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Net force, force diagrams, normal force

  • Thread starter ctpengage
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  • #1
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In a problem whereby you want to calculate the net force of the rope lifting a box, and there is something in the box, whether you take into account the normal force.
The forcees would be the tension of the rope, and the weight of the box and the object inside. To caculate the net force of the rope, do you take into account the normal force?
 

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  • #2
PhanthomJay
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In a problem whereby you want to calculate the net force of the rope lifting a box, and there is something in the box, whether you take into account the normal force.
The forcees would be the tension of the rope, and the weight of the box and the object inside. To caculate the netwrong word; see below force of the rope, do you take into account the normal force?
No. (and the force in the rope is called its tension, T, not the 'net force of the rope'). When you take a free body diagram of the box with its contents, the normal force between the box and its contents is internal to the system, and does NOT enter into your equation. So the the net force acting on the box/object system is T - (total weight of box and object). If you wanted to calculate the forces on the object within the box, then and only then do you look at the normal force on the object, and the net force acting on the object within the box is then N - the object's weight . ( and the tension force does not enter into that latter equation when you're looking at the forces on the object alone). I don't know if I have made this clear enough for you.
 
  • #3
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No. (and the force in the rope is called its tension, T, not the 'net force of the rope'). When you take a free body diagram of the box with its contents, the normal force between the box and its contents is internal to the system, and does NOT enter into your equation. So the the net force acting on the box/object system is T - (total weight of box and object). If you wanted to calculate the forces on the object within the box, then and only then do you look at the normal force on the object, and the net force acting on the object within the box is then N - the object's weight . ( and the tension force does not enter into that latter equation when you're looking at the forces on the object alone). I don't know if I have made this clear enough for you.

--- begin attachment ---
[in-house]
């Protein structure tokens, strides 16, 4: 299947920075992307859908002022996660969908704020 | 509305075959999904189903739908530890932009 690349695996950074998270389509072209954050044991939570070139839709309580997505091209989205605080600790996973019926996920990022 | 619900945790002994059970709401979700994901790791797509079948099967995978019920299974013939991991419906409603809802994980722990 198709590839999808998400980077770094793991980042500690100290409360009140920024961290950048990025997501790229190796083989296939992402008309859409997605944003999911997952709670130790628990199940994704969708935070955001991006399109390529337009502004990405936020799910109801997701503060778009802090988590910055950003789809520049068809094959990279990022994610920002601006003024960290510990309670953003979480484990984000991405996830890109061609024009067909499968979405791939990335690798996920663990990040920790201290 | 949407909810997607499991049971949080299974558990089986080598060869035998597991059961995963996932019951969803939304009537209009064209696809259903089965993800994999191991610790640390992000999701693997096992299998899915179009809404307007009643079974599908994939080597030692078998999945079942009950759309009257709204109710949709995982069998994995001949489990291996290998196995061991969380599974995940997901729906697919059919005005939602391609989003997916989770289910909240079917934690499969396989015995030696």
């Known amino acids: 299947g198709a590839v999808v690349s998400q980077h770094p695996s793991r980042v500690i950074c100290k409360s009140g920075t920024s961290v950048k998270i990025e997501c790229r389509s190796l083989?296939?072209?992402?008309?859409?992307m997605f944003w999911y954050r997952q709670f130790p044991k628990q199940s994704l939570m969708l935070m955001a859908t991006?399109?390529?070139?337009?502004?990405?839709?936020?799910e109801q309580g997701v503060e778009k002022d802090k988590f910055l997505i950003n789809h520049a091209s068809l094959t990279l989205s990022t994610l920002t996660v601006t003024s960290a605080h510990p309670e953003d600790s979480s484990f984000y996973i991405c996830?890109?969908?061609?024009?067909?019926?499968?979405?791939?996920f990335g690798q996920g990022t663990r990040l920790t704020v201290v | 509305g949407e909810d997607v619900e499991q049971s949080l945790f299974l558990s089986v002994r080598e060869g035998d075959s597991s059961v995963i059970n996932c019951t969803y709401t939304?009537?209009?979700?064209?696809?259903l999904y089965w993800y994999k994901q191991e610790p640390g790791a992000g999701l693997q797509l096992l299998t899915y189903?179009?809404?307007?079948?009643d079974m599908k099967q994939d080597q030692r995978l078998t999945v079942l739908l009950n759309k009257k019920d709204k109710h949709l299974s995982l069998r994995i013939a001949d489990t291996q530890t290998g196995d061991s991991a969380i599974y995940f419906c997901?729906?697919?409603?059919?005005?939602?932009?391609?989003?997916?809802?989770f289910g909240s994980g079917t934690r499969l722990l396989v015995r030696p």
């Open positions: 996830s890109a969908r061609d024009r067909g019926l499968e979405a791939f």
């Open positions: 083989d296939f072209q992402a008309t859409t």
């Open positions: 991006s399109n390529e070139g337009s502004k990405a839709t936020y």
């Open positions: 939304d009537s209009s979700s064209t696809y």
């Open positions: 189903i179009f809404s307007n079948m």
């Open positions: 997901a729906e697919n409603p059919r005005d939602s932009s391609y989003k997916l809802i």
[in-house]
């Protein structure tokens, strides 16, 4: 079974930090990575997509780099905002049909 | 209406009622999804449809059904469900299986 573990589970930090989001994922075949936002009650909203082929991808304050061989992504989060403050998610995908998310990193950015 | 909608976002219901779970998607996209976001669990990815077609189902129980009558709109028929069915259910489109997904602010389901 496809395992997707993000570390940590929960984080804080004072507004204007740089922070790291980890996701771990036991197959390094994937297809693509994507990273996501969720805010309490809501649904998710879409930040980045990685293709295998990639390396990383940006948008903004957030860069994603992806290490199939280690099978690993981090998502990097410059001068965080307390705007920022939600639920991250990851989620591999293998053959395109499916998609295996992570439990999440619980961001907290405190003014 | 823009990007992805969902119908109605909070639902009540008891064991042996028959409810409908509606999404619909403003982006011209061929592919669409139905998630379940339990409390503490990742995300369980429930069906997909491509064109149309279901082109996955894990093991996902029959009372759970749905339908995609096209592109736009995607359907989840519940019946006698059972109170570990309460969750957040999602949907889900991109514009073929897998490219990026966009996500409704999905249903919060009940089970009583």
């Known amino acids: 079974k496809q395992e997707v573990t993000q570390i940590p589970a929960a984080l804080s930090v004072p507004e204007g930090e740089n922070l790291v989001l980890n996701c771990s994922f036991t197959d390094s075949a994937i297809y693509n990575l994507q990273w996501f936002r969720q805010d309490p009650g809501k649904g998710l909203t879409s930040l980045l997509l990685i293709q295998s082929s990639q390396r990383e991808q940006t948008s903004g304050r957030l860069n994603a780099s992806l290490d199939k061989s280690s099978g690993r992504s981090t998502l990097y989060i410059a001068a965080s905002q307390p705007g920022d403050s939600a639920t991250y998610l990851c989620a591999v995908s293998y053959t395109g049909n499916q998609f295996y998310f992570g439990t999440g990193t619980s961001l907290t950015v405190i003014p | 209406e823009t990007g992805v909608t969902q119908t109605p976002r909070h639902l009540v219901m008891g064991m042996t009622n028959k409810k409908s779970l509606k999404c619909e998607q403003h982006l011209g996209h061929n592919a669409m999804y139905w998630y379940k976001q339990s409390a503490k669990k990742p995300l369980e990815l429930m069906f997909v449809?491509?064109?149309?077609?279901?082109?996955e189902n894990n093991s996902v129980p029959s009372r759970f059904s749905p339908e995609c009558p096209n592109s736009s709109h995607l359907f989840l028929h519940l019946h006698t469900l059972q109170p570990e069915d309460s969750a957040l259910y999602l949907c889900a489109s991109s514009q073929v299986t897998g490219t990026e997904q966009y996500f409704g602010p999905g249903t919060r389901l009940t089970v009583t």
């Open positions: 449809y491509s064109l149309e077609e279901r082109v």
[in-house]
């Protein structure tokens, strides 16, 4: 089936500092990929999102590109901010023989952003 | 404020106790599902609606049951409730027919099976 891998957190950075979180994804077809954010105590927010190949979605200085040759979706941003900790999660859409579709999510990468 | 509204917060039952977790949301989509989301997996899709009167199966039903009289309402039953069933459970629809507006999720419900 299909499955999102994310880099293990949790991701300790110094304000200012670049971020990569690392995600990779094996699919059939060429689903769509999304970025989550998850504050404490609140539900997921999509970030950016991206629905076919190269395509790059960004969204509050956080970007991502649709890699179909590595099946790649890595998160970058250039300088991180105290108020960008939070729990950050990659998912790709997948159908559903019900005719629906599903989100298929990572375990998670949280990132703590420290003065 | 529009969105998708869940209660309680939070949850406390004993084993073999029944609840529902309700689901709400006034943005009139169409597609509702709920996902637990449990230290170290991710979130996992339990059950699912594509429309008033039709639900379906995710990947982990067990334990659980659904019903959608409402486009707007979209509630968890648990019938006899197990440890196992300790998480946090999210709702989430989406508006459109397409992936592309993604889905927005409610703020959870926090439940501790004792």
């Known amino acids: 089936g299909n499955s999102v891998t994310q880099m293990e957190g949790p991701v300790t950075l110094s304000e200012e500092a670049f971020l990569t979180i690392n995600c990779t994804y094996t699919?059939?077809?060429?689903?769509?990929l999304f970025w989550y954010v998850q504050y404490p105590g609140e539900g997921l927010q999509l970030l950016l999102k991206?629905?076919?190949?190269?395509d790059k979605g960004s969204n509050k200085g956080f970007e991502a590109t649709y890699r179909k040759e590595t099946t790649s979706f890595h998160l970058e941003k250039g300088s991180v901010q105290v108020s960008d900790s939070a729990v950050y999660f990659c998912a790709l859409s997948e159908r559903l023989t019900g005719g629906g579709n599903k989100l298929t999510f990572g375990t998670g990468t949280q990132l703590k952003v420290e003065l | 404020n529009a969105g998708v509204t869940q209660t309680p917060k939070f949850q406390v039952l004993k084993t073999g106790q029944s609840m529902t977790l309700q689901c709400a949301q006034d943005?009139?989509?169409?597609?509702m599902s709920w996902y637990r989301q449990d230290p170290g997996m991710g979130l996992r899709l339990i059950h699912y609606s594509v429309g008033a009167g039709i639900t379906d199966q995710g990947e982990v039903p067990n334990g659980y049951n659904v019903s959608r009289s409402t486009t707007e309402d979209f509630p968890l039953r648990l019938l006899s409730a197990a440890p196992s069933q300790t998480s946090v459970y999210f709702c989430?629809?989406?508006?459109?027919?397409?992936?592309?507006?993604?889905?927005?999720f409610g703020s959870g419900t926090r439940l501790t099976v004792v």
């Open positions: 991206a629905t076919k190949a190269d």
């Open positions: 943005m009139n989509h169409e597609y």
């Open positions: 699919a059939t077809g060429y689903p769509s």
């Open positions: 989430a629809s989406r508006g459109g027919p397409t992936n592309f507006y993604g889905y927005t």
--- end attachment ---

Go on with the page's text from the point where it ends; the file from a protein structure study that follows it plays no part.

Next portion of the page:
its just that for a simple problem of that nature, in the student solutions manual it made use of the normal force for the solution.
 
  • #4
PhanthomJay
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its just that for a simple problem of that nature, in the student solutions manual it made use of the normal force for the solution.
If you are just looking for the rope tension, and you know the acceleration, or whether or not there even is an aceleration, you don't need it. What is the exact wording of the problem?? Was the acceleration given??
 
  • #5
Redbelly98
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Is the box resting on a surface, or suspended in mid-air? The normal force between the surface and box would be included in the calculations, since it is a force acting on the box (or box+contents).

There could also be friction present.
 
  • #6
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The problem is this:
a 0.250 kg block of cheese lies on the floor of a 900 kg elevator cab that is being pulled upward by a cable through distance d1 = 2.40 m and then through distance d2 = 10.5 m. (a) Through d1, if the normal force on the block from the floor has constant magnitude FN = 3.00 N, how much work is done on the cab by the force from the cable? (b) Through d2, if the work done on the cab by the (constant) force from the cable is 92.61 kJ, what is the magnitude of FN?

Do you count the normal force in your calculations?
 
  • #7
Redbelly98
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Yes, when you're calculating the net force on the cab.
No, when you're calculating the work done on the cab by the cable.
 

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